Bai Ling


Bai Ling talks in metaphor, explains why it’s necessary to occasionally eat maggots and makes sense of when ‘not thinking’ is the best approach to things. Prepare yourself for a ride.

by Chris Neumer

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Prior to my interview with actress Bai Ling, I ask one of her publicists how things are going with Ling. It’s a leading question to be sure: what I’m really asking about are the irregularities of Ling’s day. If she’s mad at something that somebody said on Howard Stern’s show, it’d be nice to know so that I wouldn’t bring up the topic of morning radio in our interview.

Before my first interview with writer/director Richard Kelly, I was specifically told not to mention the production house that put Donnie Darko onto DVD during our conversation. Kelly had had some extremely harsh words earlier about them and his publicist was attempting to minimize the damage as best she could. In Kelly’s case, I did as I was bid, but he still managed to work his tirades into our talk.

Ling’s publicist shrugs at my question and tells me that everything was going smoothly; there is nothing I need to worry about. After no more than two minutes, I realize quickly that there is one thing that I definitely could have benefited from knowing in advance of my chat with Ling: she speaks in veiled metaphors.

“For me, acting–I’m not acting,” Ling says. “You call it acting, but literally whatever role I do, I’m actually living life. I’m not doing anything. I’m not preparing anything. I read the script. It’s not Bai Ling’s journey. It’s like I have a secret love affair with my character, and sometimes she challenges me, gets inside of me or leads me or helps me. It’s her journey, but I’m giving the heart and soul to it. We have this silent dance to find the harmony between us.”

I am staring at her with a perplexed look on my face, half wondering how this has anything to do with my question about her getting into character and half picturing her dancing with herself in a strange Dali-esque ballroom setting. I’m following what she’s saying (sort of), but have no clue where she’s going with it. Frankly, I’m not sure she does either because, midway through her near soliloquy on acting, Ling stops and says, “You’ll probably be surprised about what I am talking about because it’s different from most [other actors].”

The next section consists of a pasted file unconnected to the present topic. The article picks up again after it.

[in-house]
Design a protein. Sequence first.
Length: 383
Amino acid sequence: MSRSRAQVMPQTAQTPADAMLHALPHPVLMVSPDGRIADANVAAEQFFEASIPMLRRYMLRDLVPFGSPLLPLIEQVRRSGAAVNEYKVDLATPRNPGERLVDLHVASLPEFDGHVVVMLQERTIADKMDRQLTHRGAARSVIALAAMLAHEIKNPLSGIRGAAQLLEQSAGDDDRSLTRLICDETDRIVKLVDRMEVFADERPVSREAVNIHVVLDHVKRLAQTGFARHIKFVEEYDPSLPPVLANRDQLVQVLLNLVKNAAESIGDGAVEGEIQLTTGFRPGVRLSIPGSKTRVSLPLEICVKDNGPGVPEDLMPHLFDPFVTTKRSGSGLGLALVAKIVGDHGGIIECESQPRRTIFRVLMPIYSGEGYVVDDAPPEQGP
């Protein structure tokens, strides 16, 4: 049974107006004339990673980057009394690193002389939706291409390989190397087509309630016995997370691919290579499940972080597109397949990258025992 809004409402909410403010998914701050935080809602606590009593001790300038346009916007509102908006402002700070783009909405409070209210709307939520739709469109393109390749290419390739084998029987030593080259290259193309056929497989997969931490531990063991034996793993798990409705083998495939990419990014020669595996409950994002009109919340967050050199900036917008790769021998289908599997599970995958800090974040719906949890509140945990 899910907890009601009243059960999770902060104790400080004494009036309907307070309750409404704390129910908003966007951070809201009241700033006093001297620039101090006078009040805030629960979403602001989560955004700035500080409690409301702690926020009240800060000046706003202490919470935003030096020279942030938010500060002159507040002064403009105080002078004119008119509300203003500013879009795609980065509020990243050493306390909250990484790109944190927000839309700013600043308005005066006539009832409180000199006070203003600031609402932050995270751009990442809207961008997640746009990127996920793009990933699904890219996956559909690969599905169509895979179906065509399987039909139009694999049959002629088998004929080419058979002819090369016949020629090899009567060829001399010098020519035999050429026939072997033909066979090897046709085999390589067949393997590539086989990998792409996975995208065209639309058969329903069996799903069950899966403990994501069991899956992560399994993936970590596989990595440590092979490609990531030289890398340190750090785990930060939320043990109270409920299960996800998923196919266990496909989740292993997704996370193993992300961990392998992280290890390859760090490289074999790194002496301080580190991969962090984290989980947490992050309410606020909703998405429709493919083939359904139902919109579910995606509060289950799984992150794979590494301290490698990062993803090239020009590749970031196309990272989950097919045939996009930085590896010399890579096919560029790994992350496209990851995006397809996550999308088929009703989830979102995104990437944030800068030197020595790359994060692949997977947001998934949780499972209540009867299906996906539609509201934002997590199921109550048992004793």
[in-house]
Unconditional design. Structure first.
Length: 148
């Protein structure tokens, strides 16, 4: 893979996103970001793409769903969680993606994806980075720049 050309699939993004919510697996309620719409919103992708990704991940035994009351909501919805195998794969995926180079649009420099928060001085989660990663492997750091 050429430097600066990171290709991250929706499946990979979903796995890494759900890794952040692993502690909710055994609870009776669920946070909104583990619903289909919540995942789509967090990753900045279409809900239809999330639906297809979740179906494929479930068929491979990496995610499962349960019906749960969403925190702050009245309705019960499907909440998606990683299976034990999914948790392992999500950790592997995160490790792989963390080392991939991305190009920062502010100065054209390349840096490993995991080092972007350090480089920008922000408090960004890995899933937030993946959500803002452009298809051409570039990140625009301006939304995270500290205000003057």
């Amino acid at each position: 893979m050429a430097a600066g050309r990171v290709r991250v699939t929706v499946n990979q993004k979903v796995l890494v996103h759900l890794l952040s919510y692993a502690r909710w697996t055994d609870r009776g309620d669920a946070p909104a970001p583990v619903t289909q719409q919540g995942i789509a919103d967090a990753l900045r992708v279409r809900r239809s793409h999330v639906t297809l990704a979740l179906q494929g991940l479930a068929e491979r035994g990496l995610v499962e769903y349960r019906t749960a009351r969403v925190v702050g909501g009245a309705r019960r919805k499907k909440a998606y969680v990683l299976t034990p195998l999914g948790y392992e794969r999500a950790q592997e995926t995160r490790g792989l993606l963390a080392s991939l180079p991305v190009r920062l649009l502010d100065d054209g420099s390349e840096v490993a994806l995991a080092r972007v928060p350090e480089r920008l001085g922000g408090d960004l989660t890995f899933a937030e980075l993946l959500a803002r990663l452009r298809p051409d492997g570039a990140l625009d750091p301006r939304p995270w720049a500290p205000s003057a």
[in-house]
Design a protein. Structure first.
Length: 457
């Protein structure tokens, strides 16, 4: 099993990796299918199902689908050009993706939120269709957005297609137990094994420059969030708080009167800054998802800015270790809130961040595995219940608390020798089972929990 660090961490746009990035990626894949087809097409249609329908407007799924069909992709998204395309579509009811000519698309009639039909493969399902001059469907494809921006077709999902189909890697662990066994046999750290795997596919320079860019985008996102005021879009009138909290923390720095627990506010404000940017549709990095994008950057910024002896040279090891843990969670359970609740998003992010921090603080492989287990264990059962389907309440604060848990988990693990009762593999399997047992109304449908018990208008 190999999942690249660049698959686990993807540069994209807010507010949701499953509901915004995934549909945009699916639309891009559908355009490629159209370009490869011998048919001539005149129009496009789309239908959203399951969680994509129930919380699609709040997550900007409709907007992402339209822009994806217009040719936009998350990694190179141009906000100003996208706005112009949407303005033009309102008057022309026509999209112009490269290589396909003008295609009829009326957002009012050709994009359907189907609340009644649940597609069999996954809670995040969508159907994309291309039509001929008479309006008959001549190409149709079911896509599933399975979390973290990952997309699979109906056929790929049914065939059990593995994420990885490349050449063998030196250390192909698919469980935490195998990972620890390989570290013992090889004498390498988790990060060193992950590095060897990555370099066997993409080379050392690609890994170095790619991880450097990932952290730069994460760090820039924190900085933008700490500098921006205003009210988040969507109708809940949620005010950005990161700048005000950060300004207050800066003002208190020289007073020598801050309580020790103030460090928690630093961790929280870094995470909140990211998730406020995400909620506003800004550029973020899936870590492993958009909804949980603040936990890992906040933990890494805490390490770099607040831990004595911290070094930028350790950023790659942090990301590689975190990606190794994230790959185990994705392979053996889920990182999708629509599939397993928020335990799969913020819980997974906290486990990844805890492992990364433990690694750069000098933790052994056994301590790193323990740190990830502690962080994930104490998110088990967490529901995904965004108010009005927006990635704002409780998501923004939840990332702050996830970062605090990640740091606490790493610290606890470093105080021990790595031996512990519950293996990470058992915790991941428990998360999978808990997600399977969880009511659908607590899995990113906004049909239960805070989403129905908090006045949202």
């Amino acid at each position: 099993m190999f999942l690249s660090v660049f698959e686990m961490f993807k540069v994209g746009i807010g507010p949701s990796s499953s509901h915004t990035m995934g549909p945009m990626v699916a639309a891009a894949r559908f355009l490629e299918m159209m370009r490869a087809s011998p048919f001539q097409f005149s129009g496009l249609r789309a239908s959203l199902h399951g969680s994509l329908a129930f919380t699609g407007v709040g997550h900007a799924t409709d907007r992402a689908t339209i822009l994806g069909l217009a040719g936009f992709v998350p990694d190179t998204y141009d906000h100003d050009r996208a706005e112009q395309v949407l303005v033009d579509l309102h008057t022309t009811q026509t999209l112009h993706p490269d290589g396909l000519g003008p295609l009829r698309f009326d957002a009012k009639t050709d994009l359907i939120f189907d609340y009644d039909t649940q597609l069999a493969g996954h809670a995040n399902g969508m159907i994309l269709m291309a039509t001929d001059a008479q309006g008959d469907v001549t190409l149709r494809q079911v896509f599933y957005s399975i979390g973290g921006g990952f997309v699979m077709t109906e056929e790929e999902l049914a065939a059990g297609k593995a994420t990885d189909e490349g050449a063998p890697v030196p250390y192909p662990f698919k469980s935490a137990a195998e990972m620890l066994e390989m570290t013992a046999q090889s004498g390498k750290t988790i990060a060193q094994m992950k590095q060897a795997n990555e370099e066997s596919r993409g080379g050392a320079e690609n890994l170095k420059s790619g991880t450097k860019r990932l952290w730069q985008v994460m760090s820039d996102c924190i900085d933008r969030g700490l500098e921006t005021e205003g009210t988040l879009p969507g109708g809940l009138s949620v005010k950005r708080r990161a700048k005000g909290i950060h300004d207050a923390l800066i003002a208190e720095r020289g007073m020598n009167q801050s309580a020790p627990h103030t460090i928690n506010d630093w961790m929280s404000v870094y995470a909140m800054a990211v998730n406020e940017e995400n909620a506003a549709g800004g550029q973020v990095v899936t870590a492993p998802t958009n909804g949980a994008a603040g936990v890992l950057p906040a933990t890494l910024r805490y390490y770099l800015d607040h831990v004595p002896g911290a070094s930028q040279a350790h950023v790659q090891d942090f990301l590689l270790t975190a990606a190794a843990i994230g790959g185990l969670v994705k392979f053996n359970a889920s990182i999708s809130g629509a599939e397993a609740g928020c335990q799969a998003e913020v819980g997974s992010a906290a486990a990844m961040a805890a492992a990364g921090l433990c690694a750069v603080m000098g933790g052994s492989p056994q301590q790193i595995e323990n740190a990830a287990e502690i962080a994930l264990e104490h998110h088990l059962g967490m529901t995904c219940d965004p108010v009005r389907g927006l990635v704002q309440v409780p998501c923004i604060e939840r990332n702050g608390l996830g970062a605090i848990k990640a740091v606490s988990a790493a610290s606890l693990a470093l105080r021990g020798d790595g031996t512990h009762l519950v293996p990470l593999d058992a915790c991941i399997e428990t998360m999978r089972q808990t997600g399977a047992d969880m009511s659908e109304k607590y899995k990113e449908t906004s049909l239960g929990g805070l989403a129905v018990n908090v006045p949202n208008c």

I nod in agreement and Ling is off again, her words falling deeper into allegory as she proceeds. “I love the camera, I think it’s the most honest thing. It doesn’t judge or have any preconceived notions. It’s just flat, like a mural. If you give it the truth, it shows up on screen. You can also watch the truth and it makes things more powerful. If you lie, it shows up as a lie. It’s a miracle. Life is an emotional journey like a wild river. There are no rules. It’s random. I like to make that observation through my character, no matter what happens, and it brings great joy. If you asked me how I did it, like you just did, I don’t know. Literally, I have no clue. My mind is empty. I am empty there and I don’t know what’s going to happen. The earth will speak to me, or the set will, but something will help me.”

Ling pauses briefly to reload, while I use the silence to attempt to make sense of her last words. My ears are getting accustomed to her unique form of dialogue and I realize that I’m starting to understand what she is talking about.

Ling has just stated that, unlike most method actors, she doesn’t rehearse much or do anything at all to get into her character; she simply shows up on set and behaves as though she is her character.

“Exactly!” Ling exclaims when I repeat a somewhat muddled version of my thoughts to her. This approach to acting, while unique, has also caused some additional drama for Ling. “One time, and I don’t want to forget this, [my character] was eating with a young boy,” Ling says, describing a scene in her new movie, The Beautiful Country. “I looked at myself as an older woman taking care of him. There were [maggots] in the rice and I thought, ‘I’ll play mom, I’m going to show him how to eat these and put [one] in my mouth.’” Ling scrunches up her nose and shakes her head at the recollection. “So,” she sighs, “I put the worm into my mouth. I was chewing it, just hoping that the director would say ‘cut’ and I wouldn’t have to swallow it.” Ling smiles and finishes the story by stating, “I was chewing it and he didn’t say ‘cut’.”

“So you see,” she says, returning the conversation to her very in-the-now style of acting, “In that moment, I was there with him. Those are the challenges. It’s gross, but how else can you do it?”

The question seems, on the outset, to be rhetorical. This doesn’t stop Ling from ebulliently attempting to answer it anyway. “I’m just open,” she smiles. “I’m always excited for the next day. I think that when you are free and you let life take you, good things happen. All of this is beyond my wildest expectations. I feel like ‘Wow! This is such a gift because why would this be a dream?’”

As Ling continues talking about what a sobering experience it is to watch herself on screen and in dailies, and talks more about her freedom and rivers and joy, I see her as a delightful poetess working her way through life, enjoying it as she goes.

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